Vote for the correct party list organization

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“This system is meant to be a tool to realize the aspirations of marginalized individuals whose interests are often overlooked due to their under-representation. “

An innovation introduced by the 1987 Constitution is the party list system (although other countries are also adapting variants of the system). The party list system is designed to enable Filipino citizens from marginalized and underrepresented sectors, organizations and parties that lack well-defined political constituencies but who could contribute to the formulation and enactment of appropriate legislation that will benefit the nation as a whole, to become members of the House of Representatives. The first representatives of this system were elected in the May 1998 elections.

As stated in the 1987 Constitution and Republic Act 7941 (Party List Act), party list representatives constitute twenty percent of the total number of representatives, including those on the party list. For three consecutive terms after the ratification of this Constitution, half of the seats allocated to the representatives of the party lists shall be filled, according to law, by selection or election from among the communities of workers, peasants, urban poor, indigenous, women, youth and all other sectors provided for by law, with the exception of the religious sector.

Over the years, the Supreme Court has rendered decisions interpreting the constitutional provision on the party list system. Thus, in the Banat case decided by the Supreme Court in 2009, the formula for calculating the winners of party lists was established. He provided a methodology to Section 11 of Republic Act 7941 or the Party List System Act, which provides that 20% of the total number of seats in the House must be allocated to the party list. party. Each 2% of the total votes cast on party lists gets one seat in the House, with each party only entitled to a maximum of three seats.

Another important court decision is the Atong Paglaum case decided in 2013. In this case, the Supreme Court clarified that “based on the express provision of the Constitution and as reflected in the records of the Constitutional Convention, the The party list system is not intended exclusively for sectoral parties or organizations representing marginalized and underrepresented sectors, but also for non-sectoral or political parties or organizations. This decision effectively abandoned previous court rulings that limited the party list system to marginalized and underrepresented sectors, such as workers, peasants, fishers, the urban poor, indigenous cultural communities or sectors that lack of “well-defined political constituencies” such as the elderly, disabled, women, youth, veterans, foreign workers and professionals. The same decree decrees that major political parties are not eligible to present their candidates under the said system. The Supreme Court further pointed out that “even large political parties (i.e. those that have fielded candidates and won regular parliamentary elections) are qualified to field their candidates under the party list system. as long as they do it through their “sectoral wings”.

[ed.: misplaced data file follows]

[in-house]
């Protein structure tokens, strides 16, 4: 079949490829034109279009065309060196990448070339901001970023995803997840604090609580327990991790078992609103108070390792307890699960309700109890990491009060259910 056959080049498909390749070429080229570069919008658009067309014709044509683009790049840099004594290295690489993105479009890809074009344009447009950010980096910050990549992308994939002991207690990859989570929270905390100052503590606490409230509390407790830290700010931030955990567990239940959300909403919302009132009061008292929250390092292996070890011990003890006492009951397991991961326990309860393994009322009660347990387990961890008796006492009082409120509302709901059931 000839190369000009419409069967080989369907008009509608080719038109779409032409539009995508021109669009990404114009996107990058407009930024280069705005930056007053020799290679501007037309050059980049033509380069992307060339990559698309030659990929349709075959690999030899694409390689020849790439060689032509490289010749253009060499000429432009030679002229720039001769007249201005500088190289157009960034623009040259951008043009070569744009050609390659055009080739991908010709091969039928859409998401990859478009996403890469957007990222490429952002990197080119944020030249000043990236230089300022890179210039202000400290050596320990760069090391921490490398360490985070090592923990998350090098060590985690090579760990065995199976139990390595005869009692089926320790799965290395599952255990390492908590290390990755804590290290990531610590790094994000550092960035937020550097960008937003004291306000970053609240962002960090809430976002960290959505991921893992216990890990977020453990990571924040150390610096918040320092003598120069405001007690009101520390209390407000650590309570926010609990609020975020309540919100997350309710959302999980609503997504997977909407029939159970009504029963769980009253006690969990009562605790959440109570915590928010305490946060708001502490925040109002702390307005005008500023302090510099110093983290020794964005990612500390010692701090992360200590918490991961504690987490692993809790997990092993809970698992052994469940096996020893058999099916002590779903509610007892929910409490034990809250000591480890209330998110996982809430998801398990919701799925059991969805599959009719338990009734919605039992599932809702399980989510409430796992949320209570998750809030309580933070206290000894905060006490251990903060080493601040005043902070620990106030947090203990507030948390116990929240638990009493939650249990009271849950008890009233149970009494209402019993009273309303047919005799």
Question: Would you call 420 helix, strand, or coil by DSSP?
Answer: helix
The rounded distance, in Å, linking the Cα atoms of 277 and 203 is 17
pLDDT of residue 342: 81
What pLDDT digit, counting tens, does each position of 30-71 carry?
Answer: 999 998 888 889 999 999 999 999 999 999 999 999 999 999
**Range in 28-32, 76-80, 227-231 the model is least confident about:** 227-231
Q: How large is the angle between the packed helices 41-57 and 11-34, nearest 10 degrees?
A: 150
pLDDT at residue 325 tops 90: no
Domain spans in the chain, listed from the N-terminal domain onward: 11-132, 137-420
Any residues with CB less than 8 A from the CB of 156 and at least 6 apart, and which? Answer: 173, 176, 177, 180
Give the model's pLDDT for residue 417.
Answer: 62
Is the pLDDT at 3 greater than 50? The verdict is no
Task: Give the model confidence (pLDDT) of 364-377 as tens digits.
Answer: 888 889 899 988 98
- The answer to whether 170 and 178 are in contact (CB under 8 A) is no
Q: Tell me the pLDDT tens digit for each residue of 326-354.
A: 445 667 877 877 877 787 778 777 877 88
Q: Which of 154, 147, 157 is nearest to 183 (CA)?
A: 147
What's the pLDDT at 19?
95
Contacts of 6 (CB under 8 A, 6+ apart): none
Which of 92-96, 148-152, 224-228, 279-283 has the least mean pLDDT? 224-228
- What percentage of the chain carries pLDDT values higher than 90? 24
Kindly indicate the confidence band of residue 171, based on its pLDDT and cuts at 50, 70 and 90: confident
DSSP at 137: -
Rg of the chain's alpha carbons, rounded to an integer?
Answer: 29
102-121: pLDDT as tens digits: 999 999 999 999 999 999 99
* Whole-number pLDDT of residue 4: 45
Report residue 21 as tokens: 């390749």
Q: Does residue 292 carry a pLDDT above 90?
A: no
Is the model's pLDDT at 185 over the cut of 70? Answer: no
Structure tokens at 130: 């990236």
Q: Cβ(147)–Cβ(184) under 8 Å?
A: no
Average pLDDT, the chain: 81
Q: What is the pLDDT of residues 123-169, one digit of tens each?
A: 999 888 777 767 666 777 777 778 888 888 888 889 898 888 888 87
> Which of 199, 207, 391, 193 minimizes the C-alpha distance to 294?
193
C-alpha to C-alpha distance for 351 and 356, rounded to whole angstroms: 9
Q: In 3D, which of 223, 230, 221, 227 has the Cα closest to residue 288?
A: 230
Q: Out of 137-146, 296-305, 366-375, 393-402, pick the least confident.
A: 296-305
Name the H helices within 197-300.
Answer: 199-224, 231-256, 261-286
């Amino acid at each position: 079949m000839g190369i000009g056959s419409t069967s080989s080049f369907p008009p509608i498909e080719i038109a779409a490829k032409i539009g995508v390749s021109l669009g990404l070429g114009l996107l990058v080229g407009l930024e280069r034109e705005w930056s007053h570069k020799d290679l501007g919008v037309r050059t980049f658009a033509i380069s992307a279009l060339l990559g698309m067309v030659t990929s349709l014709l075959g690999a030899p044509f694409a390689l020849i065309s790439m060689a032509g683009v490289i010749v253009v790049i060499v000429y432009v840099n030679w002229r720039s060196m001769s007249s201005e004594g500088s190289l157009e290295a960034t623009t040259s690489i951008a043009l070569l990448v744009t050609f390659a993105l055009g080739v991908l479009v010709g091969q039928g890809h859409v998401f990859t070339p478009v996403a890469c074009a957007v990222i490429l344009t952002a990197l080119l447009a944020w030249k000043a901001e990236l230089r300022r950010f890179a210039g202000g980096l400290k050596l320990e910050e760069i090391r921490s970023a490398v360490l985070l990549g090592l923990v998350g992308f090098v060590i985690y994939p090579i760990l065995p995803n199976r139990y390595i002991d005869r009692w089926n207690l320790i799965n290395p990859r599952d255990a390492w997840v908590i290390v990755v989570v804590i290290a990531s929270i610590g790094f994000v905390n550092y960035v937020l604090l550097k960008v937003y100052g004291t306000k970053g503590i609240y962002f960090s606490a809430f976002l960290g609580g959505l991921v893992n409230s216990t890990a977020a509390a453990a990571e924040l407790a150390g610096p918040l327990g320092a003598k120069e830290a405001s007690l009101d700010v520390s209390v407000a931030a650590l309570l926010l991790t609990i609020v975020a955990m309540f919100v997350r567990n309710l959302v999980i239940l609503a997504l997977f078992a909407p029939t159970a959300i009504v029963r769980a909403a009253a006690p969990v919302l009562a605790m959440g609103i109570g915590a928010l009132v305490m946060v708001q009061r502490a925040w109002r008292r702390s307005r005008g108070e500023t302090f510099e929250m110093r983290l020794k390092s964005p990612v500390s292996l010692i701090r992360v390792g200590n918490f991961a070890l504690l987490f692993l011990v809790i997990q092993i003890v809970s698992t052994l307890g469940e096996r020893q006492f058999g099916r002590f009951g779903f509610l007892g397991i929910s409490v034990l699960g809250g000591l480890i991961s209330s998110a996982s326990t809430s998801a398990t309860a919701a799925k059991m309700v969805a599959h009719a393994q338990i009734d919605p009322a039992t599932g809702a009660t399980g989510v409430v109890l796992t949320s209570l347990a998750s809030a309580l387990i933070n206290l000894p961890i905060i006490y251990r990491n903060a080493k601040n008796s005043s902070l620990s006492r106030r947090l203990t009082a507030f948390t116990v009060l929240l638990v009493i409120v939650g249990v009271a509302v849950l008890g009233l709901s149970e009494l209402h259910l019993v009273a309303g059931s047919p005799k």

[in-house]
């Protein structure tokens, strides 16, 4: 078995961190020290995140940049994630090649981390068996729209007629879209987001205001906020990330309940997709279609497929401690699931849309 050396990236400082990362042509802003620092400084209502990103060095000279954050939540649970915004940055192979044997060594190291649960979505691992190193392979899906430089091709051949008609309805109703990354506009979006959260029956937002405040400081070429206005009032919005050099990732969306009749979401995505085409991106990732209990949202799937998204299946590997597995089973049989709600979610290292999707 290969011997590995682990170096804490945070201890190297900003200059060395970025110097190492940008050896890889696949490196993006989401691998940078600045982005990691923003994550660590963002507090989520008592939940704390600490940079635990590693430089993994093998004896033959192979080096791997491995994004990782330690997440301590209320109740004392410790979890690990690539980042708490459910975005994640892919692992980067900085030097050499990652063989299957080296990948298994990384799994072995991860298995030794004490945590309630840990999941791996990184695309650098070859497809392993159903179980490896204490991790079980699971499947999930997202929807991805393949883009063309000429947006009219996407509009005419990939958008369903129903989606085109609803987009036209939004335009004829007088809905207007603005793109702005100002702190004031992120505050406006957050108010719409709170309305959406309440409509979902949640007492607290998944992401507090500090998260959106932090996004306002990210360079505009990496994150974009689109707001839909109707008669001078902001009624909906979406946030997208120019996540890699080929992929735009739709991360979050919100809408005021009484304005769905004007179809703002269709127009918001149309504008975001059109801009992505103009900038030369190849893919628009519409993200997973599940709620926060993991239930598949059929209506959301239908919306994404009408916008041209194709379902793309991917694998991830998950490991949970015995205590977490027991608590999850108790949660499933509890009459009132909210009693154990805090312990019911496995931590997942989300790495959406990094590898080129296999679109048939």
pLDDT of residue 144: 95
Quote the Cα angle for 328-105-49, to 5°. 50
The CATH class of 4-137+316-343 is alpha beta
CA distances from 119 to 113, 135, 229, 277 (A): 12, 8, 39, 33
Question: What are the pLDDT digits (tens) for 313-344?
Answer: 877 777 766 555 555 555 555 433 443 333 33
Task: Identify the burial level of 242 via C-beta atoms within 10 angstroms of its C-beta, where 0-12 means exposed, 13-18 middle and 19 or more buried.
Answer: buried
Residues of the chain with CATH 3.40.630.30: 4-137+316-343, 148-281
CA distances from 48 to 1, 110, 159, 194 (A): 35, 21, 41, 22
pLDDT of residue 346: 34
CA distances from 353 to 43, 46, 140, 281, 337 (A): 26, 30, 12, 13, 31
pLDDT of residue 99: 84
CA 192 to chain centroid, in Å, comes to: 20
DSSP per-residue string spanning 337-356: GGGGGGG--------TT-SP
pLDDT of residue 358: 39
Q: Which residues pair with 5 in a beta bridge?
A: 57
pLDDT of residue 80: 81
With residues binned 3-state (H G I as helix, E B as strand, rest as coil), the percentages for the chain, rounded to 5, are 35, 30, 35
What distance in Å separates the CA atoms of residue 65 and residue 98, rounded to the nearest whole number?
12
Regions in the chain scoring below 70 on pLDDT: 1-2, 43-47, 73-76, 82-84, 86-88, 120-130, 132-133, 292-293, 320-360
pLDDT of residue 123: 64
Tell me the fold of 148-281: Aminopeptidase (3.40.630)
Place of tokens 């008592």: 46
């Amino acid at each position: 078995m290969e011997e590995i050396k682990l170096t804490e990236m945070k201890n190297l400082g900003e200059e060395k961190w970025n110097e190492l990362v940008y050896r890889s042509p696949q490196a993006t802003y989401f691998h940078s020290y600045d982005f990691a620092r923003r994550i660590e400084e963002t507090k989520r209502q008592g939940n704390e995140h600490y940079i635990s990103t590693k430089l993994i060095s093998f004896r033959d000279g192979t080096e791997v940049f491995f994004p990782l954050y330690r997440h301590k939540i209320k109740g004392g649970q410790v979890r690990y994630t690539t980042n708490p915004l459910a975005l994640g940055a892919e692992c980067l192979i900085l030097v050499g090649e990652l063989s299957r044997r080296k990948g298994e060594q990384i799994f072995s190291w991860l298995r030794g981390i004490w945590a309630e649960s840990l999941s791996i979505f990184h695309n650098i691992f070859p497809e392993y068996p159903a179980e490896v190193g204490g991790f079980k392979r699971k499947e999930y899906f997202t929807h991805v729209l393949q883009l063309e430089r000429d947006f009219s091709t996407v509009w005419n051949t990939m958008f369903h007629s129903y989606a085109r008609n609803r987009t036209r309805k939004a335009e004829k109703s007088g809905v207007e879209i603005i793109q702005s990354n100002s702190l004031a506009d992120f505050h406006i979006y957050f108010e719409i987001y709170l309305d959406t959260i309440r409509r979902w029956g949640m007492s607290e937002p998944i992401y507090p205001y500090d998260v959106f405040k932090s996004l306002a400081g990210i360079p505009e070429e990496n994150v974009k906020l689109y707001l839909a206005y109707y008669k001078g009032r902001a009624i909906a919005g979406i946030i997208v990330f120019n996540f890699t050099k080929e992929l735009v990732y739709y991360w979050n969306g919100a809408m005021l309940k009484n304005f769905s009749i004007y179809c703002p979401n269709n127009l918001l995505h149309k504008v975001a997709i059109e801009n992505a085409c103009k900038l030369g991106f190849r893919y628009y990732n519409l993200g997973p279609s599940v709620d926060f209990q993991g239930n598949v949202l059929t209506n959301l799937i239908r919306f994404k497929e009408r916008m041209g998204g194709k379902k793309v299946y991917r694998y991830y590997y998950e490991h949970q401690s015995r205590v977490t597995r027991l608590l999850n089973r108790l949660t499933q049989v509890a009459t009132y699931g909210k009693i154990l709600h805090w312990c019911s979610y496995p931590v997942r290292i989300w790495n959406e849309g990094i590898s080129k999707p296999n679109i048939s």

The party list system is meant to be a tool to realize the aspirations of marginalized individuals whose interests are often overlooked due to their under-representation. But unfortunately, the recent more liberal interpretation of the Constitution’s party list provision gives major political parties and wealthy individuals a decisive advantage in elections for party list seats in Congress. Indeed, marginalized sectors, devoid of money and political organization, are left behind. This is evident from the fact that many wealthy people now pose as representatives of party lists representing the “marginalized sectors”. Although there are still parties and organizations that truly represent marginalized sectors and the underrepresented, many wealthy and well-connected people use the system as a secondary channel to enter the lower house of Congress.

Notwithstanding the imperfections of the party list system, I would like to recommend to my readers the following party list organizations:

First, my personal vote will go for the Kabataan party list. I disclose that KPL is my client but that is not the reason I am voting for them. It is because they are the best representatives of the youth, the hope and the future of this country.

Second, I would easily vote for the other parties in the Makabayan bloc. Once again Makabayan Legislators from Bayan Muna, Gabriela Women’s Party, ACT Teachers Party and Anakpawis (as well as Kabataan) have proven to be skilful, hardworking and committed representatives, always guided by the most progressive and consistent principles in fiscalization . like taking progressive positions.

I would also consider voting for the Partido Laban ng Masa whose candidates are also quite progressive. I voted for Akbayan when he fielded stellar candidates like Etta Rosales, Risa Hontiveros and Walden Bello, but now I’m not sure what that party stands for.

Our party list system isn’t very good but let’s make sure it gets abused by picking the best organizations.

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